The San Francisco Botanical Garden is an unlikely spot on a typical tourist weekend in San Fran. Golden Gate Bridge? check. Muir Woods? check. Fisherman’s Wharf? check. Alcatraz? check.
In my quest to see the great public gardens in America, my husband and I spent a rainy Saturday morning exploring the delightful (and free!) San Francisco Botanical Garden.
We arrived at the perfect time for spring Azaleas and Rhododendrons. Above, a lovely red one that must have been twelve feet high and at least as wide. although, admittedly this is the kind of thing you can see in any lovely public garden, amongst a setting of tall Monterey Cypress (top), it was unique.
The garden has a really interesting history- developed to look like the grand European and East Coast (of the US) gardens, it was planted on a windswept bunch of sand dunes on the western side of San Francisco, just downhill from the Twin Peaks. The temperate climate makes it ideal for growing many different kinds of plants, and we saw everything from fuschias to rhodies, to tree ferns.
The Garden of Fragrance, as the passive-voice wonderful smelling garden is called, was very well executed. Lately, I have been in love with stone walls, and these served to raise the fragrance closer to your nose. It would also make the garden more accessible for disabled folks, if you were to do it at home. The plant varieties- beyond herbs and other typical plants, were arranged in such a lovely way.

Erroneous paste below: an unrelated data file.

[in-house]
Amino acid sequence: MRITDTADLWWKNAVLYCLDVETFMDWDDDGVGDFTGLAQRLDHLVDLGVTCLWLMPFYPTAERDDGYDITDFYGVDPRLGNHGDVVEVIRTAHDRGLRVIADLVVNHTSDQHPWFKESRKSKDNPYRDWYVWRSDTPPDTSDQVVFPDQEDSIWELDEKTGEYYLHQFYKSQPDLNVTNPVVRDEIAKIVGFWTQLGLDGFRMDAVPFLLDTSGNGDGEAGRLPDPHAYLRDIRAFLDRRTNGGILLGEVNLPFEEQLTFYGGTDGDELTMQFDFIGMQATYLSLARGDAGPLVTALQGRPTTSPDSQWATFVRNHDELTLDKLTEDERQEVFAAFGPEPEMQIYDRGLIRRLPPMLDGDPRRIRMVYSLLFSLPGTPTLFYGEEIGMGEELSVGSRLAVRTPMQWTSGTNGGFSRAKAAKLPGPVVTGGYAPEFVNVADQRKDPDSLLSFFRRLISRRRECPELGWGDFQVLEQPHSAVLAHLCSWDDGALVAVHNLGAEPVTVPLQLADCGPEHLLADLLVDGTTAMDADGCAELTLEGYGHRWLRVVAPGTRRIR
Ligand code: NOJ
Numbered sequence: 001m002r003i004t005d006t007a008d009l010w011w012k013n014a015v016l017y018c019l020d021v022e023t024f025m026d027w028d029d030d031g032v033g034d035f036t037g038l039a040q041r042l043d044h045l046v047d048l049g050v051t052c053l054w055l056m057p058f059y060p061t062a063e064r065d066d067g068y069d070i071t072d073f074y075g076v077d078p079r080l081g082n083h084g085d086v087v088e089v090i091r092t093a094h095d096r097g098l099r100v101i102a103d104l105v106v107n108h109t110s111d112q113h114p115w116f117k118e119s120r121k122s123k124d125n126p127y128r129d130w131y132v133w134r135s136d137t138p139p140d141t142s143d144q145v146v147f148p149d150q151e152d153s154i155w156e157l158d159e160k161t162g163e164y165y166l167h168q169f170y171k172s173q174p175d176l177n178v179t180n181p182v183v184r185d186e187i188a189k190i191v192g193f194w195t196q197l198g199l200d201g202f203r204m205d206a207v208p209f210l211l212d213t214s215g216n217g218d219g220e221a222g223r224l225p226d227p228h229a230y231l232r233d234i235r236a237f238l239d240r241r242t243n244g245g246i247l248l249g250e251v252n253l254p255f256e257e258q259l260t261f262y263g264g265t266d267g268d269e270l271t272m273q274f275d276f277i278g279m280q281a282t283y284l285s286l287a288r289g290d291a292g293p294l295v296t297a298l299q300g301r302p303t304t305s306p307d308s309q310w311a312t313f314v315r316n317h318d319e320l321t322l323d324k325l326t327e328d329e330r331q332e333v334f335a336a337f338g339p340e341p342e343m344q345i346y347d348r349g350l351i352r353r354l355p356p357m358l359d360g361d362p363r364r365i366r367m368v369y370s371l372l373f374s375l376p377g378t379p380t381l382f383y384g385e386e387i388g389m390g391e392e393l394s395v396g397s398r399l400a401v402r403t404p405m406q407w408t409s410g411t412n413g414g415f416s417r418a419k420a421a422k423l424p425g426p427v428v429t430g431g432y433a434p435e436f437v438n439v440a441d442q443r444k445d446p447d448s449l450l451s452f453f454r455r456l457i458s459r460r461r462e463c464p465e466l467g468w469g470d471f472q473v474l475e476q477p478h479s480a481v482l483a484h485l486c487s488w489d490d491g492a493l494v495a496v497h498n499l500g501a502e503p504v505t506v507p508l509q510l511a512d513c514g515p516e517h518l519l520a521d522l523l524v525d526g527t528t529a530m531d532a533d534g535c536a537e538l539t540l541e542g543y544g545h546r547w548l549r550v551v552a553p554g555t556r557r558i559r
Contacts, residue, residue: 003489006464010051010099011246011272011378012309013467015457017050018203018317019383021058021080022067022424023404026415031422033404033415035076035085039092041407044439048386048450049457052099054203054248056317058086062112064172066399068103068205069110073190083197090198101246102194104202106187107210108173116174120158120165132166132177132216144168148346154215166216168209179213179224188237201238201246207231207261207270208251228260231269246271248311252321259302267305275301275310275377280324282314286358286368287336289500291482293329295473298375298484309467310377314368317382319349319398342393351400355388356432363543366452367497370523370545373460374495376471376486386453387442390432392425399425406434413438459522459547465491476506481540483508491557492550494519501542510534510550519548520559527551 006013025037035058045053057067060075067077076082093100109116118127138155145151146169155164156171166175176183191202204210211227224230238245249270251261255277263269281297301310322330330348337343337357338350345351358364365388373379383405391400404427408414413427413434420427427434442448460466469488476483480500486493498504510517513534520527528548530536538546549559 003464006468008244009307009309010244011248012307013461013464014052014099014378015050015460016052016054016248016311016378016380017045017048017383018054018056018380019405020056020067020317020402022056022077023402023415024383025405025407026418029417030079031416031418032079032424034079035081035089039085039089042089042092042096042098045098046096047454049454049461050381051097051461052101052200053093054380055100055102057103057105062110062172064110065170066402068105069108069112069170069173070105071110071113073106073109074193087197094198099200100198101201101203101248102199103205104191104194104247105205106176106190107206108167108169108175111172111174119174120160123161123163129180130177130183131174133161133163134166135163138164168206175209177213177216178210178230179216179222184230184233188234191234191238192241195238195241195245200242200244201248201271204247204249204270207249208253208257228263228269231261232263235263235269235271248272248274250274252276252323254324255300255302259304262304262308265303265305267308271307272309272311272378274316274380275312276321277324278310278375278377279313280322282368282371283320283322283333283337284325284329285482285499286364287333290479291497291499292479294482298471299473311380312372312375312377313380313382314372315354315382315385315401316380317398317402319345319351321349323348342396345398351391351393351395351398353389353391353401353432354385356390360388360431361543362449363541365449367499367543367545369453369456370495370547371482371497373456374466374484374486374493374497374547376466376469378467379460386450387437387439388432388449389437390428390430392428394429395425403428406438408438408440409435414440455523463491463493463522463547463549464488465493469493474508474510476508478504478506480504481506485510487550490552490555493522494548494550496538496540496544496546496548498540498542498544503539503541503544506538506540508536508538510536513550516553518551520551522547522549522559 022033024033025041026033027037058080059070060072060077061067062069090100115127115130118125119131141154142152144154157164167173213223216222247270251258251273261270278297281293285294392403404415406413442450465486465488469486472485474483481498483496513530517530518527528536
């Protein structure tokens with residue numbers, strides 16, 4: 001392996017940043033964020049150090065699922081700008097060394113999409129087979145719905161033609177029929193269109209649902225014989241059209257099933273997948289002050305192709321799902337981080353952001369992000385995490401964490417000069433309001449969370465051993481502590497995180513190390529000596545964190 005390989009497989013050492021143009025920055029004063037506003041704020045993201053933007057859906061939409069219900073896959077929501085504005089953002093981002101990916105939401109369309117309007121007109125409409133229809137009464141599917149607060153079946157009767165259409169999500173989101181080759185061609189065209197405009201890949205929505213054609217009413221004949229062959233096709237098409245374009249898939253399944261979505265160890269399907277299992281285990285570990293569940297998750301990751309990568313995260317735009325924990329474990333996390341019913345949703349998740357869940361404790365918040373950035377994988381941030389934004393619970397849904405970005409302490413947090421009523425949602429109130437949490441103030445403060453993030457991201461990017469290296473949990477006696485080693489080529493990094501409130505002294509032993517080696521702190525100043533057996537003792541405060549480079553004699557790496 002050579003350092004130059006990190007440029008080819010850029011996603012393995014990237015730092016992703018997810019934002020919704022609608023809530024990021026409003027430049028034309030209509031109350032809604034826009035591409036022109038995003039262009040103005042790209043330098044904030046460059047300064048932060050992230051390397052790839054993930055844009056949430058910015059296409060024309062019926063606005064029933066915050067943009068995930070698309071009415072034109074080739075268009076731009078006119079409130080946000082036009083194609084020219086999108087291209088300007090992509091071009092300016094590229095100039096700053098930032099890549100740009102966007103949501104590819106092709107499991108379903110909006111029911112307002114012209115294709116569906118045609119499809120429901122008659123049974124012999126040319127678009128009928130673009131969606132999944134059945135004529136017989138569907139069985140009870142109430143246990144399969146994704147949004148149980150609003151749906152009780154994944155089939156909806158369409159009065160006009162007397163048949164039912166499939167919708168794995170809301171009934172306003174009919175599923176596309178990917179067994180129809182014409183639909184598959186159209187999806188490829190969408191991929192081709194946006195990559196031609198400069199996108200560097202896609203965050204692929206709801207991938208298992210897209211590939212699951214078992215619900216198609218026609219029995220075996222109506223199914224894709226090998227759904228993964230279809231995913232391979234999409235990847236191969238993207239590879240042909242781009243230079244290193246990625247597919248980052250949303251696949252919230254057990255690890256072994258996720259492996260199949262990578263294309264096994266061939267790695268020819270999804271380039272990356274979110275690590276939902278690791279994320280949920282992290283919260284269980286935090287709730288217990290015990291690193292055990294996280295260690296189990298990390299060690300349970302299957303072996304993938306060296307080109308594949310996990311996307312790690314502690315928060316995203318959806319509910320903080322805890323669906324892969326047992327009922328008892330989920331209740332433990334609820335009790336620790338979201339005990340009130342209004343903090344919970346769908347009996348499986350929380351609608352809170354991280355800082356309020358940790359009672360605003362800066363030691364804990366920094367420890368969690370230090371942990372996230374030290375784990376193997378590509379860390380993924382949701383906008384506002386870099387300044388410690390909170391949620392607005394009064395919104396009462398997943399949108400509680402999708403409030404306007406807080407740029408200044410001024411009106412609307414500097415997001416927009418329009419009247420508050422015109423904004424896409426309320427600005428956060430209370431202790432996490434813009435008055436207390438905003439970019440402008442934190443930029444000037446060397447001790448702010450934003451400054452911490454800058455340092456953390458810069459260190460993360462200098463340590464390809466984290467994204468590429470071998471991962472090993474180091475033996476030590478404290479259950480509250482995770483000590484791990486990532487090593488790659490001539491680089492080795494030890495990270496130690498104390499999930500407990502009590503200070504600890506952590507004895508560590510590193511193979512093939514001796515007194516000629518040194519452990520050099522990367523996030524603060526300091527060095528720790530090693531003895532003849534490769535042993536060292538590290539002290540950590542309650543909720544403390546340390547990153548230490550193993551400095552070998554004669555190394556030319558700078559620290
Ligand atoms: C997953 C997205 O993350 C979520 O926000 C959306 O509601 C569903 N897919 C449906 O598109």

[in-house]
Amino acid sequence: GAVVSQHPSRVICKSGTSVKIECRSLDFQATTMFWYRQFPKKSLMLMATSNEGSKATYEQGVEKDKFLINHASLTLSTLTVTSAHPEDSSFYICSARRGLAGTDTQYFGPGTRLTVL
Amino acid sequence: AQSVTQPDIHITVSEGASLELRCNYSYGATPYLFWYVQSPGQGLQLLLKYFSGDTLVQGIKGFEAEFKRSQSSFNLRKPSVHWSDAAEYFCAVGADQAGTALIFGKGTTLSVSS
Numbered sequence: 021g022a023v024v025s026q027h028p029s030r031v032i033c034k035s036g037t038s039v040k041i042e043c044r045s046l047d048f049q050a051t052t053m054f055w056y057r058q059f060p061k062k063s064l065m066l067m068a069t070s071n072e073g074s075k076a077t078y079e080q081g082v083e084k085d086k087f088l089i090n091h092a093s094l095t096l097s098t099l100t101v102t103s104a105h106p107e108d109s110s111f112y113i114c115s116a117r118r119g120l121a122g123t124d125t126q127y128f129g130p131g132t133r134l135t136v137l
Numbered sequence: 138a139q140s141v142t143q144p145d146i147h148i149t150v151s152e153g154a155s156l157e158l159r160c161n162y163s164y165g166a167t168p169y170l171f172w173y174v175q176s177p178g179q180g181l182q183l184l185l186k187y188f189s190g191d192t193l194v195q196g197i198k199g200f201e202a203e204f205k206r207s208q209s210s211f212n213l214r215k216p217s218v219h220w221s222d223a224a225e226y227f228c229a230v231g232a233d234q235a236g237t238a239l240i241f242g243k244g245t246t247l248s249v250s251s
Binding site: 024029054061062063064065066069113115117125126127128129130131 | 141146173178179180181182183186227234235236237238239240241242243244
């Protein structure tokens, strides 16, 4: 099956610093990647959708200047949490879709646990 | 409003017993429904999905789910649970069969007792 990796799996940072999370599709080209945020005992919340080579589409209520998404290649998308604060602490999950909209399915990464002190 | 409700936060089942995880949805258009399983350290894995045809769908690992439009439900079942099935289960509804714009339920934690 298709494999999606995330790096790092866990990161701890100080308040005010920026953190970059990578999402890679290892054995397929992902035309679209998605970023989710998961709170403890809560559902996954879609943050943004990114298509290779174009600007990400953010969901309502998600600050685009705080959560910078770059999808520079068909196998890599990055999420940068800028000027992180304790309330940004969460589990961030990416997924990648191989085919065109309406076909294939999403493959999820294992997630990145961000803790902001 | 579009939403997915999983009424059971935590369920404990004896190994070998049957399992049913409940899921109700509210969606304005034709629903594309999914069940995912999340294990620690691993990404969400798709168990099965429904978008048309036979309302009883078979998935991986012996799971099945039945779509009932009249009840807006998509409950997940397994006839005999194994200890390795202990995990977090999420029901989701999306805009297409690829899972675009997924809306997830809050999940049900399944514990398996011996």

Of course, being San Francisco, there is a strong asian influence on everything- and the gardens are no exception. On our trip we saw hundreds of Japanese Maples; large and small, in every imaginable color.
My favorite flower of the trip was the Echiums. As you know, I’ve long admired these plants. The contrast between the Echiums and the Japanese Maples made the garden uniquely California. (Not to mention the redwoods, but that’s another post).
Finally, (since I almost always tour a garden backwards) the delightful rock garden with its wierd seafoam green plant that was so low to the ground it looked like moss. I want this plant. If I’d had any sense whatsoever, I would have written down the name! If you know, dear reader- please tell me!
Next time you are in San Francisco, take a break from the typical sights and check out the San Francisco Botanical Garden: it is worth a visit– and if you are still Jet Lagged from wherever you come from, go early and see it before the crowds arrive- there was hardly a soul in the whole garden!